Title:
SCANNING ENCODER
United States Patent 3613054


Abstract:
A scanning encoder comprises a code-generating means such as a binary counter which directly outputs a desired code to a decoder which produces a pulsed output which is unique to each of a sequence of asynchronous events. The decoder output signals are coupled to an event indicator which indicates the happening of any given event in the sequence. In an application to a data input keyboard the closure of a given key provides a conducting path whereby the decoder pulse for the corresponding code is directed as an enable signal to a register. Application of the enable signal to the register permits entry of the corresponding code from the counter through the register to a data output terminal. A shift means is provided to manipulate selected data bits to obtain for example upper and lower case characters or the like.



Inventors:
RICARD CARL A
Application Number:
04/882249
Publication Date:
10/12/1971
Filing Date:
12/04/1969
Assignee:
SANDERS ASSOCIATES INC.
Primary Class:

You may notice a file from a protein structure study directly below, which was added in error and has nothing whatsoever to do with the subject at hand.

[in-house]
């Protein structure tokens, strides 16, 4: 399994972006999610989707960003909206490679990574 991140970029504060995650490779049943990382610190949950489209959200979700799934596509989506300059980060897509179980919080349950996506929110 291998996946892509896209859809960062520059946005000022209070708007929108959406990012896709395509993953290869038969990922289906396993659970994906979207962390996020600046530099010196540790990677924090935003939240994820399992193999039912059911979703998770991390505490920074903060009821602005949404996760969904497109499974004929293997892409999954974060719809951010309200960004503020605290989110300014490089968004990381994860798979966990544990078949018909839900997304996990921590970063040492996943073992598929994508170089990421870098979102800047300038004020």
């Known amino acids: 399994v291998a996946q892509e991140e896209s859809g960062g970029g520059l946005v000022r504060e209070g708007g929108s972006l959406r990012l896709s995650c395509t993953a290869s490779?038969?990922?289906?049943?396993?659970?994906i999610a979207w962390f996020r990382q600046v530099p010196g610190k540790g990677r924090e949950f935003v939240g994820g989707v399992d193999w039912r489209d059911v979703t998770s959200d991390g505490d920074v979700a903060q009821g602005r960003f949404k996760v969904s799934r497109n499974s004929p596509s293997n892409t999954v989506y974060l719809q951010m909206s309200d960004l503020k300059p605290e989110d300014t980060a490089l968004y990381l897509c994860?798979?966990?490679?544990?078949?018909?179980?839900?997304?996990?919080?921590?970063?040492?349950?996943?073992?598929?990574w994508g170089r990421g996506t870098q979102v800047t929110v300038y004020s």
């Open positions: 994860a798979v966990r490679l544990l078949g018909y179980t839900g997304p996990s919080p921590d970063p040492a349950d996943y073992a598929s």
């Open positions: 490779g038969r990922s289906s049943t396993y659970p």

International Classes:
H03K5/135; H03M11/14; H03M11/20; (IPC1-7): H03K13/00
Field of Search:
340/172.5,348,365 178
View Patent Images:
US Patent References:
3496563CODE GENERATOR1970-02-17Staples et al.



Primary Examiner:
Zache, Raulfe B.
Claims:
Having described what is new and novel and desired to secure by Letters Patent, what is claimed is

1. Apparatus for converting the happening of an event in a sequence of asynchronous events into coded information comprising

2. Apparatus as recited in claim 1 wherein

3. Apparatus as recited in claim 1 wherein

4. Apparatus as recited in claim 1 wherein

5. Apparatus as recited in claim 2 further including

6. Apparatus as recited in claim 5 wherein

7. Apparatus as recited in claim 2 wherein

8. Apparatus as recited in claim 2 further including

9. Apparatus as recited in claim 7 wherein

10. Apparatus as recited in claim 9 wherein

Description:
C

BACKGROUND OF THE INVENTION

1. Field of the Invention

The present invention relates most generally to the field of data processing and more particularly to an improved scanning encoder for data input apparatus.

2. Description of the Prior Art